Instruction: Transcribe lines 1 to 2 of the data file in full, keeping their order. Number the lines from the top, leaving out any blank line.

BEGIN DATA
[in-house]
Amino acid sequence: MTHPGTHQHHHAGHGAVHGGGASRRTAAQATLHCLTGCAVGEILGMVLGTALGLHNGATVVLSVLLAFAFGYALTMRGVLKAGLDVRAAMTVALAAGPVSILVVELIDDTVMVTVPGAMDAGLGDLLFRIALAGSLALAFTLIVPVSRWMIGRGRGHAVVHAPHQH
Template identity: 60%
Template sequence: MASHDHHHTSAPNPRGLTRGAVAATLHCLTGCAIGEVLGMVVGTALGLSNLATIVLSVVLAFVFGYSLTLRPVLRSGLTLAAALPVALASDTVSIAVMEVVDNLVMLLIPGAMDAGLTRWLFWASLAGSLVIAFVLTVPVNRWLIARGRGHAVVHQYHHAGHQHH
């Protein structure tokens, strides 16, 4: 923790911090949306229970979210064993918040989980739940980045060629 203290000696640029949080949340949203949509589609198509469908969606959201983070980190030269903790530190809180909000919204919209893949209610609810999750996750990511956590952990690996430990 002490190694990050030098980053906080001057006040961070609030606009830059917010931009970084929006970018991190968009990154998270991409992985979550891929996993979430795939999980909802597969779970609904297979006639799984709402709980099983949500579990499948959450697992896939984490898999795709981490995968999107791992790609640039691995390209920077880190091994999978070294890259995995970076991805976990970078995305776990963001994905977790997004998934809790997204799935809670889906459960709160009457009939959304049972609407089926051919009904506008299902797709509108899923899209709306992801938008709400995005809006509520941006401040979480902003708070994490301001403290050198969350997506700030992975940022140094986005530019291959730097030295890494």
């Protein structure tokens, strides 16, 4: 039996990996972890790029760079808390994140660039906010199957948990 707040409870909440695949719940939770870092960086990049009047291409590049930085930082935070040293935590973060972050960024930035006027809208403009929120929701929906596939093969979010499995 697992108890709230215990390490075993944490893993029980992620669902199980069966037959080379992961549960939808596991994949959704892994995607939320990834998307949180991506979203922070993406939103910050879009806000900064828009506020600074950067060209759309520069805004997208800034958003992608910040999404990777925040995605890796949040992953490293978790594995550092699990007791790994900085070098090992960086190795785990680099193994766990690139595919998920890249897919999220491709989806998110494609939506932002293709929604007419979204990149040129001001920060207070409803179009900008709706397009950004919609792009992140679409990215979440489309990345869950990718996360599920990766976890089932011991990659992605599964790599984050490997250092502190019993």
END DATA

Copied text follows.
[in-house]
Amino acid sequence: MTHPGTHQHHHAGHGAVHGGGASRRTAAQATLHCLTGCAVGEILGMVLGTALGLHNGATVVLSVLLAFAFGYALTMRGVLKAGLDVRAAMTVALAAGPVSILVVELIDDTVMVTVPGAMDAGLGDLLFRIALAGSLALAFTLIVPVSRWMIGRGRGHAVVHAPHQH